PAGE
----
Rescuers transfer rescued people on Saturday in the second event that Clearwater Regional Fire Rescue Services and Rocky Mountain House Search and Rescue were involved in. The river in the foreground and far background is moving very quickly. Rescuers then went in with their jetboat to bring everyone to safety. (Photo contributed)

Raging North Saskatchewan River causes triple play for rescuers

‘Sheer luck’ that no lives lost on weekend

With nine people rescued over the weekend from three separate incidents on the raging North Saskatchewan River, rescuers are declaring “sheer luck” no lives were lost.

The river has been flowing much faster than normal, and in three separate events Friday and Saturday, canoeists had to be rescued either by the Clearwater Regional Fire Rescue Services or Rocky Mountain House RCMP. Rocky Mountain House Search and Rescue was also involved in the rescues.

By Saturday afternoon the public was being warned to stay off the river until water levels subsided.

Steve Debienne, Clearwater County regional chief, said Monday that while he is new to the area, long-time staff have told him the river is flowing a lot faster and levels are higher than normal. He attended the two rescues west of Rocky Mountain House that his department was involved in.

“The water is moving faster than it typically is this time of the year, and it’s higher, with the rain and heavier snowpack in the mountains.” The North Saskatchewan’s level has risen 1.5 metres from June 13 to Monday, Debienne said.

“I don’t think a lot of people understand how fast the water’s actually flowing.”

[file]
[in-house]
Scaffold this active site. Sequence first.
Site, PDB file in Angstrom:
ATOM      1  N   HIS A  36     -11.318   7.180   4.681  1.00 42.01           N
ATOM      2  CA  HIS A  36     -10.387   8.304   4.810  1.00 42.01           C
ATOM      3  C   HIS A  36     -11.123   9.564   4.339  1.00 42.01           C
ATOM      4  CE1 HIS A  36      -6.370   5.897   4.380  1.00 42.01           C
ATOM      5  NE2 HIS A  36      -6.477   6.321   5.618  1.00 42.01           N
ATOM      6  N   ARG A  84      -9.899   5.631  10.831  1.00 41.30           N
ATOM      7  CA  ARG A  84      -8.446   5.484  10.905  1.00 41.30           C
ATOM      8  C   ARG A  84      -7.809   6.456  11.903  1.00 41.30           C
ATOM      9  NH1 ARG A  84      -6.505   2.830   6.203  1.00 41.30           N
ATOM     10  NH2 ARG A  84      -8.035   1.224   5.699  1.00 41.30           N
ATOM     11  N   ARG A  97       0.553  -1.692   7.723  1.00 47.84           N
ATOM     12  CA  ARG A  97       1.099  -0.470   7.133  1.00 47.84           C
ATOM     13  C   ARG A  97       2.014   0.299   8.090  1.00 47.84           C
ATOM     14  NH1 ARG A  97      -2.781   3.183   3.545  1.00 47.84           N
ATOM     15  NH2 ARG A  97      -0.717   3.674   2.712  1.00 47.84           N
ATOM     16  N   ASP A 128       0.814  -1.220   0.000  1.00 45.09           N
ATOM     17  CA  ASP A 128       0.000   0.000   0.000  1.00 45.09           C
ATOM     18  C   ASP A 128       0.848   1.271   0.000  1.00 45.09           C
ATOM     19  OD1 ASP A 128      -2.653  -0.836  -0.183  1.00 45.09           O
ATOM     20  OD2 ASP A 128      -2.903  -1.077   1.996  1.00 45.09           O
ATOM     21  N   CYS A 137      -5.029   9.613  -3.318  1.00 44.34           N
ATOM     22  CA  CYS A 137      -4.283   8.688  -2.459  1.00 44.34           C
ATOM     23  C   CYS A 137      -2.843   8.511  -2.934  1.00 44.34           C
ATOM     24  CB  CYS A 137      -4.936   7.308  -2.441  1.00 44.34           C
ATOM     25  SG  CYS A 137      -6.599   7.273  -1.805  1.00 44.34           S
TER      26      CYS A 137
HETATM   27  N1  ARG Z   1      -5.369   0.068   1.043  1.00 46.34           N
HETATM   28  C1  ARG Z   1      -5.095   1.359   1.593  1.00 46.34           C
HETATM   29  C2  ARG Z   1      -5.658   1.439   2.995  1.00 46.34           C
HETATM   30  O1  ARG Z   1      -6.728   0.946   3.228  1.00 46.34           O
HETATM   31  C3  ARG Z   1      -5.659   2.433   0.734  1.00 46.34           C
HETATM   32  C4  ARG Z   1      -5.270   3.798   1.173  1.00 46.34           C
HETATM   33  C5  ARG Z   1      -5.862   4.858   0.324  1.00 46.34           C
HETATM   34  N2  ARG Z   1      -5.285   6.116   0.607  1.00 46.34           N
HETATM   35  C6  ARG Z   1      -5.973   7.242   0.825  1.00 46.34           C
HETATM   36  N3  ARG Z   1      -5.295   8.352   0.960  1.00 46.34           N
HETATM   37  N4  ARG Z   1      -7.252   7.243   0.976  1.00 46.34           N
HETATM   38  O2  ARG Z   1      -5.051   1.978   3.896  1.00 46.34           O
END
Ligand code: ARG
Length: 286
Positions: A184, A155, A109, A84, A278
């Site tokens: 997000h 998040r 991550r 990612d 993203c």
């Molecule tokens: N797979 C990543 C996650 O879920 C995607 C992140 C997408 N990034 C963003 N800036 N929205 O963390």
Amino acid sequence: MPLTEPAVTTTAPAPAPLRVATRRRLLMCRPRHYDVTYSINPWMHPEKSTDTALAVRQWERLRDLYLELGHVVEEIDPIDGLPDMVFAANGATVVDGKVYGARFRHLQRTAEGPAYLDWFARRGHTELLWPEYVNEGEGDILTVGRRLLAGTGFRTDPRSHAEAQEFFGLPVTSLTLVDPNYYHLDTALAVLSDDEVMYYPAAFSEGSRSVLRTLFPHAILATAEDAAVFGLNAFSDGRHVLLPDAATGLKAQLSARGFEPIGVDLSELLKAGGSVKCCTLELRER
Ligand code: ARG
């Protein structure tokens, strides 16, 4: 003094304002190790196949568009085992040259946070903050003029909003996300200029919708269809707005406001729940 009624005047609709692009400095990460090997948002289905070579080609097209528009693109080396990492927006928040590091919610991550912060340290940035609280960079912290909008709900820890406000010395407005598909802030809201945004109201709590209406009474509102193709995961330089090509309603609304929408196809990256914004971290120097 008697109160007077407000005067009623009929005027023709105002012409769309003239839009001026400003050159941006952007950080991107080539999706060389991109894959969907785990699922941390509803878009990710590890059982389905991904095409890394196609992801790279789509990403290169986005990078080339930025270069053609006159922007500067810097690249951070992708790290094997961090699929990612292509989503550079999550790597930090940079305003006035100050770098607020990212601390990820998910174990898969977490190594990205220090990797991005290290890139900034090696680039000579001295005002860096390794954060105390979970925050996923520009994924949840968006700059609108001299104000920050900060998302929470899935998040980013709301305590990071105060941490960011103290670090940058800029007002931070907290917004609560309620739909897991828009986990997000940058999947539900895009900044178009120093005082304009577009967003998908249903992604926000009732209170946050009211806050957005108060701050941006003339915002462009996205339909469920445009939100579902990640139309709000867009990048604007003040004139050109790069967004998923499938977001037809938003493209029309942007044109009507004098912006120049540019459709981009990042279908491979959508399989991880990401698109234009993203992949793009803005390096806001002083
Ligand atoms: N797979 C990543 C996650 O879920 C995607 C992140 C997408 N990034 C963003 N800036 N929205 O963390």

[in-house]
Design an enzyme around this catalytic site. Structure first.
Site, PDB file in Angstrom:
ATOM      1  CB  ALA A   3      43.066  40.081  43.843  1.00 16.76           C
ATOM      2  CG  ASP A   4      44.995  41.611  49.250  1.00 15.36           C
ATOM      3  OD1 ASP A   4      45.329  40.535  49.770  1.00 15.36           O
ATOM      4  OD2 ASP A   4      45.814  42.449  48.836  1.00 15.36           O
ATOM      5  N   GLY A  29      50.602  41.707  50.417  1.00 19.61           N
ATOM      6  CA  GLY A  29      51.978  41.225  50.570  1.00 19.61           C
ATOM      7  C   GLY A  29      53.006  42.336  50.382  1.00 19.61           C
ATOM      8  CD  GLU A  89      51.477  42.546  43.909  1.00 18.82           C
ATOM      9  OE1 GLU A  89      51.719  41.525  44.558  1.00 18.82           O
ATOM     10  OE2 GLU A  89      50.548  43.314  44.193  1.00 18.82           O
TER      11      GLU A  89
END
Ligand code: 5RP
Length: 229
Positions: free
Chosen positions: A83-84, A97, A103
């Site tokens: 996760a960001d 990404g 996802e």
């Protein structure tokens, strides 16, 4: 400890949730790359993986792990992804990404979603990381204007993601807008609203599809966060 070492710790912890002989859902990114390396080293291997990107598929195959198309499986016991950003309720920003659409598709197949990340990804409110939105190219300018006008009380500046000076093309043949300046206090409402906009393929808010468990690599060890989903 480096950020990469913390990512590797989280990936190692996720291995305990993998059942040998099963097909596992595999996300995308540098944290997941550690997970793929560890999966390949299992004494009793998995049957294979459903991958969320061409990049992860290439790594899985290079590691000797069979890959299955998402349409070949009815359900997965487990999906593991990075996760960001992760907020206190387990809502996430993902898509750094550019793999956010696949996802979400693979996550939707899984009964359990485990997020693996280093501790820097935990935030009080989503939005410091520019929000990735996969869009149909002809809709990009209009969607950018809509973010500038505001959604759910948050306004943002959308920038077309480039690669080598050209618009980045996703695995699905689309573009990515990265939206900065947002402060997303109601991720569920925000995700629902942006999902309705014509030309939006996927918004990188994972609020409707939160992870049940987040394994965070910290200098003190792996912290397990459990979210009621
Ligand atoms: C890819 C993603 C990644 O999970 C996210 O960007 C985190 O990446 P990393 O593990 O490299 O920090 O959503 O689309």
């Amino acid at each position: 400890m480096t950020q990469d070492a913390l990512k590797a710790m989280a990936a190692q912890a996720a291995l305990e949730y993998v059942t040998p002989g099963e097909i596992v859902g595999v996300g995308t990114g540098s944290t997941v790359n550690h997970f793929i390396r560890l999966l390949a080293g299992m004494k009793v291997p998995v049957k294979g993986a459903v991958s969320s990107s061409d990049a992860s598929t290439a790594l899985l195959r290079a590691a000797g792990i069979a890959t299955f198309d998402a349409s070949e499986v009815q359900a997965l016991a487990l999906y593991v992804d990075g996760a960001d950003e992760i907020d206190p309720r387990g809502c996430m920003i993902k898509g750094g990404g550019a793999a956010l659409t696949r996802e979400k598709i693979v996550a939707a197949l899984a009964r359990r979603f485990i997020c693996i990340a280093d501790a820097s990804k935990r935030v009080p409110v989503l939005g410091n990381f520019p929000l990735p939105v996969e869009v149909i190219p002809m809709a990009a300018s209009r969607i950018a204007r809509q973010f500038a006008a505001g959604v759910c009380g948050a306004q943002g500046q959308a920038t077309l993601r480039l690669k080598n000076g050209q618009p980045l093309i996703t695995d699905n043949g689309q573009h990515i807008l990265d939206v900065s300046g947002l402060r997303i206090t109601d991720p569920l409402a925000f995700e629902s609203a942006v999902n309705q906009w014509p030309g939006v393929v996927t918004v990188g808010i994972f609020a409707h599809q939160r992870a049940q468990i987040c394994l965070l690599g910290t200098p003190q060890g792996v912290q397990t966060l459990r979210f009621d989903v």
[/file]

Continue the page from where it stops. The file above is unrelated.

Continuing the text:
Normally at the time of year, the North Saskatchewan River near Rocky Mountain House flows at about 250 cubic metres per second. On Thursday the river reached 426 cu.m/sec at 7 p.m.. On Friday, at the same time it was flowing at 380 cubic metres per second. By Monday afternoon though it had begun to subside and was down to 295 cu. m/sec, but still above normal.

“It’s been an odd weekend,” Debienne said, because of the number of rescues and “sheer luck” that everyone was safe and sound in the end. “We’re hoping it was just a one-off.”

“Lots of times you can get swept very easily underneath a log or a snag in the water, and it’ll pull you completely underwater. Just the pressure of the water pushing on you, you’re not going to be able to resurface.”

The other thing that was unusual was that the canoeists were able to call for help because their cell phones stayed dry and actually worked, Debienne said.

“Use extreme caution, be prepared when you’re going out there and make sure somebody knows where you’re going and when you’re expected to be back,” he advised.

The first call for help came on Friday for a group of four adults and one youth when their canoe capsized near the Big Horn Dam. They were stranded on a small island and Clearwater Fire rescuers deployed their jet boat to get the individuals back to the main land.

Then on Saturday, Rocky Mountain House RCMP received a report that two males had capsized their canoe in the river near the Saunders Recreation Area. One male was stranded on the north side of the river and one on the south side. RCMP deployed their jet boat to rescue the pair.

Also on Saturday, Clearwater Fire received a request for assistance after another canoe had capsized near the Big Horn Dam, leaving two adults stranded on a logs in the river. Both were wearing personal flotation devices and were rescued.

No injuries were reported in any of the three incidents.

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